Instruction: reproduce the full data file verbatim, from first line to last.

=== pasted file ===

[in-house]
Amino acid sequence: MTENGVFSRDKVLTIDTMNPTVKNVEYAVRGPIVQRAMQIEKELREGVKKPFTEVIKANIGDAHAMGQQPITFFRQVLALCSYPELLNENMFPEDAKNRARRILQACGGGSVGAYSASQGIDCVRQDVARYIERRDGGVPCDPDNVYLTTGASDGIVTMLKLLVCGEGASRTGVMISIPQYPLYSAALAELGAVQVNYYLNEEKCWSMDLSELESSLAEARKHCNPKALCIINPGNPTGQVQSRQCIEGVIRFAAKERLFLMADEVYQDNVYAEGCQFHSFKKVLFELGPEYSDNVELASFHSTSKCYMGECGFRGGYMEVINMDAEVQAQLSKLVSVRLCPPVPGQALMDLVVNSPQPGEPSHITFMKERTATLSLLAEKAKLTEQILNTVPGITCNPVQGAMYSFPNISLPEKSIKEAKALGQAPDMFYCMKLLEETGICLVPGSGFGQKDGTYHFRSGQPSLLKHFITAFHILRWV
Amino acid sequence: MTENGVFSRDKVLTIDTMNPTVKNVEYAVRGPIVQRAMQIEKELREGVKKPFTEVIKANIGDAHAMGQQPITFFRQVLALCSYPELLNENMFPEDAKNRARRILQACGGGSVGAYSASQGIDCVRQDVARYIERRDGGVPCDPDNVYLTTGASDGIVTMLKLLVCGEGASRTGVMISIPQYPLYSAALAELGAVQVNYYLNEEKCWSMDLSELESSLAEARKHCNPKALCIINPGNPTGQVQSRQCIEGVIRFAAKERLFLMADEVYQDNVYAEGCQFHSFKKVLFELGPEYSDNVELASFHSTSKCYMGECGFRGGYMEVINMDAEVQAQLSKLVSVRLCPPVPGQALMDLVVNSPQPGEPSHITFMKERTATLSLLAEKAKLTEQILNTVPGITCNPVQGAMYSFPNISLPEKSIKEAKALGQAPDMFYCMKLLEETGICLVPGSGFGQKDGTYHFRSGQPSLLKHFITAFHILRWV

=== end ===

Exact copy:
[in-house]
Amino acid sequence: MTENGVFSRDKVLTIDTMNPTVKNVEYAVRGPIVQRAMQIEKELREGVKKPFTEVIKANIGDAHAMGQQPITFFRQVLALCSYPELLNENMFPEDAKNRARRILQACGGGSVGAYSASQGIDCVRQDVARYIERRDGGVPCDPDNVYLTTGASDGIVTMLKLLVCGEGASRTGVMISIPQYPLYSAALAELGAVQVNYYLNEEKCWSMDLSELESSLAEARKHCNPKALCIINPGNPTGQVQSRQCIEGVIRFAAKERLFLMADEVYQDNVYAEGCQFHSFKKVLFELGPEYSDNVELASFHSTSKCYMGECGFRGGYMEVINMDAEVQAQLSKLVSVRLCPPVPGQALMDLVVNSPQPGEPSHITFMKERTATLSLLAEKAKLTEQILNTVPGITCNPVQGAMYSFPNISLPEKSIKEAKALGQAPDMFYCMKLLEETGICLVPGSGFGQKDGTYHFRSGQPSLLKHFITAFHILRWV
Amino acid sequence: MTENGVFSRDKVLTIDTMNPTVKNVEYAVRGPIVQRAMQIEKELREGVKKPFTEVIKANIGDAHAMGQQPITFFRQVLALCSYPELLNENMFPEDAKNRARRILQACGGGSVGAYSASQGIDCVRQDVARYIERRDGGVPCDPDNVYLTTGASDGIVTMLKLLVCGEGASRTGVMISIPQYPLYSAALAELGAVQVNYYLNEEKCWSMDLSELESSLAEARKHCNPKALCIINPGNPTGQVQSRQCIEGVIRFAAKERLFLMADEVYQDNVYAEGCQFHSFKKVLFELGPEYSDNVELASFHSTSKCYMGECGFRGGYMEVINMDAEVQAQLSKLVSVRLCPPVPGQALMDLVVNSPQPGEPSHITFMKERTATLSLLAEKAKLTEQILNTVPGITCNPVQGAMYSFPNISLPEKSIKEAKALGQAPDMFYCMKLLEETGICLVPGSGFGQKDGTYHFRSGQPSLLKHFITAFHILRWV